Opinion: Republicans say “No” to Liz Cheney 


Saturday in Rock Springs there was a fundraiser for Republicans in Wyoming. Active conservatives traveled from around the state to support the Republican agenda and their candidates. But Representative Liz Cheney, who has represented Wyoming since 2017, was not invited.

In the 2020 presidential election, Trump won 70% of the vote in the state. That is the highest percentage of any state.  

She spent Saturday night with her new base, a group of reporters and media executives at the annual Wyoming Press Association gathering.

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In DC the Republican National Committee voted to censure Liz Cheney the day before the Rock Springs gala. The state party followed suit and added a resolution to remove her from future contact with the Wyoming local Republicans.

Her vote to impeach Trump last January was a turning point. And in July 2021 Speaker Nancy Pelosi appointed Cheney to the House Select Committee on the January 6 Attack. In September she was made vice-chair of that committee.

Private polling in January revealed that 31% of Wyoming Republican primary voters still had a favorable view of Cheney, compared to 60% who saw her unfavorably.

Liz Cheney Neo-con Republican

Cheney is the oldest daughter of former Vice President Dick Cheney. And while he was in office she was tagged as deputy assistant secretary of state for Near Eastern affairs.

She also served in the House Republican Conference, with the third-highest position in the House Republican leadership, from 2019 to 2021.

Cheney was happy before Trump came along and energized the Republican Party. Back when Republicans were more elitist Cheney was a rockstar. Back when the strings were being pulled quietly, in secret, she was the ultimate deep-state advocate.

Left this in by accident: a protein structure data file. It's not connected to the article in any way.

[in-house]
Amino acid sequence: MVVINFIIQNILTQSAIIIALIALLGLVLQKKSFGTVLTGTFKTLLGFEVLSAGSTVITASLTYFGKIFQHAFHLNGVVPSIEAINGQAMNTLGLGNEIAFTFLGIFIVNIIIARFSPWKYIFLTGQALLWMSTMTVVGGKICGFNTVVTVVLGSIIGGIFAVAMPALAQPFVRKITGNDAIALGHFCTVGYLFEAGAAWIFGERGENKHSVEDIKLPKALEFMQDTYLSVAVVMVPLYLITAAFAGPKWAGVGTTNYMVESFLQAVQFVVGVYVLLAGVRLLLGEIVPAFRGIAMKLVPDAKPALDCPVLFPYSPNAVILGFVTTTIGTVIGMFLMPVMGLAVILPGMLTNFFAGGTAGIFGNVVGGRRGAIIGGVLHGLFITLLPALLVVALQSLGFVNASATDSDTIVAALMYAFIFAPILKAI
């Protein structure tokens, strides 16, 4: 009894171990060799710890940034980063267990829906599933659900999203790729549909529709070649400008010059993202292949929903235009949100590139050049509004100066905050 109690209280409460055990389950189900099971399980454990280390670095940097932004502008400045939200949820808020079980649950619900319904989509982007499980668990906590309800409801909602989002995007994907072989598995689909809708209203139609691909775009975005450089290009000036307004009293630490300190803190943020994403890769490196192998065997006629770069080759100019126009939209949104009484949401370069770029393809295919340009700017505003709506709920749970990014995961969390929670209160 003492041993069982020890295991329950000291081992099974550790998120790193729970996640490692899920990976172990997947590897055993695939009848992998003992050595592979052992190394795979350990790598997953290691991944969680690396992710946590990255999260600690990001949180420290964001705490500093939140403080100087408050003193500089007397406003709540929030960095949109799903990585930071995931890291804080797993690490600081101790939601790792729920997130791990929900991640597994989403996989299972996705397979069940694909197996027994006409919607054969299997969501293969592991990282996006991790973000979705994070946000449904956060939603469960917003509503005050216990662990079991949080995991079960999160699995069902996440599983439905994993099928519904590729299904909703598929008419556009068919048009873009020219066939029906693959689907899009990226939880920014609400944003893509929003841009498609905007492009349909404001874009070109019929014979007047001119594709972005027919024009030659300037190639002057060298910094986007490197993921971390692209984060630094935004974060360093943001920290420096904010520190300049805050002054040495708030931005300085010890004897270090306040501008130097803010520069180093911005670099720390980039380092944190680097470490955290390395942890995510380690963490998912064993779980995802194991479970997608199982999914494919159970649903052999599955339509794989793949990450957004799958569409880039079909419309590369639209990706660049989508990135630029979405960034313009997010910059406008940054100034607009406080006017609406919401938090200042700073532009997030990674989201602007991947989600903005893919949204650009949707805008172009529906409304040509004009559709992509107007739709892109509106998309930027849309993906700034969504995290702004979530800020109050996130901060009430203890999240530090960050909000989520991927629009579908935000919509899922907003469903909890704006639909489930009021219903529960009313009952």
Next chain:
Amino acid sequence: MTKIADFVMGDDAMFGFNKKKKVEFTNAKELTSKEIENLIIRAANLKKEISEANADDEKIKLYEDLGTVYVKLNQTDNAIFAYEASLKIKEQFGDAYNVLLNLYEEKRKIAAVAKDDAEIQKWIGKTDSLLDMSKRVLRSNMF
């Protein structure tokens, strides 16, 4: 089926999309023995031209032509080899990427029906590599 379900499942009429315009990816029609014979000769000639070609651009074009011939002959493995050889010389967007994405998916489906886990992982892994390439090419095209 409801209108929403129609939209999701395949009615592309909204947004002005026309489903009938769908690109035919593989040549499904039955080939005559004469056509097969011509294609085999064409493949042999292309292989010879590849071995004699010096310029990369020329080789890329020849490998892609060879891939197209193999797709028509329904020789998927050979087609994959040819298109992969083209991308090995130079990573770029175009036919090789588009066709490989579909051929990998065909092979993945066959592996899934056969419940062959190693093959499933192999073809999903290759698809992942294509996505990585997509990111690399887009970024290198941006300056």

She rode her dad’s coattails into public service. And held his Neo-con pro-war views close to her heart. And her political career survived and thrived despite her 2016 “never Trump” stance.

Cheney has been the U.S. representative for Wyoming’s sole congressional district since 2017. She holds the seat her father held from 1979 to 1989.

Changing times

Now Cheney is certainly exiled from the Republican Party apparatus. And she seems to be “missing-in-action” from her constituents. 

She stopped appearing at state Republican Party functions more than two years ago. And hasn’t made a live in-person appearance at any of the 23 county chapters since 2020. 

Cheney has been vocal about her dislike for Trump. And she has spoken out often saying she is only following her conscience.

“I was pro-Trump, and I am proud of the policies of the Trump administration,” she told the crowd of journalists. “But he crossed a line you can never cross. Some people, I think, interpreted my vote to impeach him as a vote in favor of Biden or Biden’s policies, which it wasn’t.”

Sam Eliopoulos, a Cheyenne businessman, and Republican is running for a state seat. He questions what Cheney is doing.

“She speaks about her conscience, but you weren’t elected to do what you think is right, you were elected to do what the people want. She didn’t do what the people want her to do. At the end of the day, that’s it.”

President Liz Cheney?

Cheney was quoted in 2021 as saying she will be “the leader, one of the leaders, in a fight to help to restore our party.” And that she may even have a presidential run in her future. She may still be hoping that a silent majority of Trump haters will push her to the top spot. But in Liz Cheney’s world, those may not be Republicans after all.

And it was interesting that she had a one-on-one meeting last summer with Jeffrey Katzenberg, the billionaire Hollywood mogul. And Democratic mega-donor. Katzenberg and his wife each contributed the maximum allowed to Cheney’s campaign.

Even Cheney must understand that the Republican Party won’t be the same after Trump. But perhaps she can switch to the Democrats or even get herself an anchor chair at MSNBC or CNN.

Either way, in her case, Thomas Wolfe was right when he said, “You can’t go home again.”